2. Digital Setting method

We must first understand the meaning of the attributes represented by numbers: 0 means no permissions, 1 means executable permissions, 2 is writable, 4 is read, and then it is added. So the format of the numeric attribute should be 3 octal numbers from 0 to 7, in the Order of (U) (g) (O).

For example, if you want the owner of a file to have "read/write" Two permissions, you need to have 4 (readable) +2 (writable) =6 (read/write).

The general form of the digital setting method is: chmod [mode] file name?

Example 1:

    1. $ chmod 644 mm. TXT
    2. $ ls –l

The properties of the set file Mm.txt are:

    1. -RW-R--R-- 1 inin users 1155 Nov 5 11 : mm. TXT

File owner (U) inin has read and write permissions

User with file owner (g) has Read access

Other people (O) have read access

Example 2:

    1. $ chmod wch. TXT
    2. $ ls –l
    3. -rwxr-x--- 1 inin users 44137 Nov 9: wchtxt

That is, set wchtxt the properties of this file are:

File owner (U) inin readable/writable/executable rights

(g) readable/enforceable rights with the main group of files

Other people (O) do not have any permissions

CHGRP command

Function: Change the group to which the file or directory belongs.

Syntax: CHGRP [options] group filename?


    • The-C or –changes effect resembles the "-V" parameter, but returns only the part of the change.
    • -F or –quiet or –silent does not display an error message.
    • -H or –no-dereference only modifies the signed file, without altering any other related files.
    • -R or –recursive recursively handles all files and subdirectories under the specified directory.
    • -V or –verbose shows the instruction execution process.
    • Help online Help.
    • –reference=< reference file or directory > The group that owns the specified file or directory is set to the same group as the reference file or directory.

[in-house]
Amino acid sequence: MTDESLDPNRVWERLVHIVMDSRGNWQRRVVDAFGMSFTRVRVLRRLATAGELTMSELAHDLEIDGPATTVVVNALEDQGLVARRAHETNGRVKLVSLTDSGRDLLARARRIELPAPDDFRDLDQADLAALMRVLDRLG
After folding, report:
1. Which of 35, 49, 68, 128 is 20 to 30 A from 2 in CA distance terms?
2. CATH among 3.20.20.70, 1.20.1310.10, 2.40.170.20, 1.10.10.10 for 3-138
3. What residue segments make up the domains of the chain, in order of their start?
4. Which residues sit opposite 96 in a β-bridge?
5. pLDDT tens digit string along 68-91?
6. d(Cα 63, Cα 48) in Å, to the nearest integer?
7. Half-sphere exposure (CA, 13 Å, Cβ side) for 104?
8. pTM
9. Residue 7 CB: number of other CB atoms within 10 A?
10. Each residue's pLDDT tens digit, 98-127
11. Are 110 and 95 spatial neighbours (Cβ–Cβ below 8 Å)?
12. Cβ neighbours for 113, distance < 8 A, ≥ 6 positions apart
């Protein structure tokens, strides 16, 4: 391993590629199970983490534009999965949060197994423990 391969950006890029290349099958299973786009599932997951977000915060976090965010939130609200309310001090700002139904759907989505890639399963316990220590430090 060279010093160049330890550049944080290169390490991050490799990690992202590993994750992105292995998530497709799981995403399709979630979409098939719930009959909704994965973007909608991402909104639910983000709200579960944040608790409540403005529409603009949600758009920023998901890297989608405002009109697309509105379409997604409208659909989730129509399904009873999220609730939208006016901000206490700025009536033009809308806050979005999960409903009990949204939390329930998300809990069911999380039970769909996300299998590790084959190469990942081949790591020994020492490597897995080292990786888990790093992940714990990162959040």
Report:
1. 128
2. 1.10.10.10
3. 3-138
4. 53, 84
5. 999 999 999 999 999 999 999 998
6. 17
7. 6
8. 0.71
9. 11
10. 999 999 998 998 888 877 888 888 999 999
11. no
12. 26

• –version Displays version information.

This command changes the user group to which the specified file belongs. Where group can be the user group ID or the group name of the user group in the/etc/group file. The file name is separated by a space to change the list of files belonging to the group, support wildcard characters. If the user is not the owner or superuser of the file, you cannot change the group of the file.

The options for the command mean:

–r recursively changes the group of subdirectories and files of the specified directory and all its sub-directories.

Example 1:

    1. $ chgrp - R book /opt/local / Book

Change the genus of all files under/opt/local/book/and its subdirectories as book.

Chown command

Function: Change a file or directory's owner and owner group. This command is also very common. For example, the root user copies one of their own files to the user Yusi, in order to allow the user Yusi to access the file, the root user should be the owner of the file Yusi, otherwise, the user Yusi cannot access the file.

Syntax: chown [options] User or group file

Description: Chown changes the owner of the specified file to the specified user or group. The user can be either a user name or a user ID. A group can be either a group name or a group ID. The file is a space-separated list of files to change permissions, and wildcard characters are supported.

Parameter description:

    • User: The user ID of the new file owner
    • Group: The user group of the new file owner (group)
    • C: If the file owner has changed, the change action is displayed
    • -F: Do not display an error message if the owner of the file cannot be changed
    • -H: Changes to the link only, not the file that the link really points to
    • -V: Show details of owner changes
    • -R: Same owner change for all files in the current directory and subdirectories (i.e., one by one in a recursive way)
    • Help: Show Auxiliary instructions
    • –version: Display version

Example 1: Change the owner of the file to Yusi.

    1. $ chown yusi yusi123. COM

Example 2: Change the directory/demo and all the files and subdirectories under the master to Yusi, belong to the group changed to users.

    1. $ chown - R yusi. Users /demo

For example: Chown qq/home/qq (the owner of the QQ directory under the home directory is changed to QQ users)

For example: Chown-r qq/home/qq (to the home directory under the QQ directory of all sub-files to the owner of the QQ user)

Note: Part of the reference from Baidu Encyclopedia.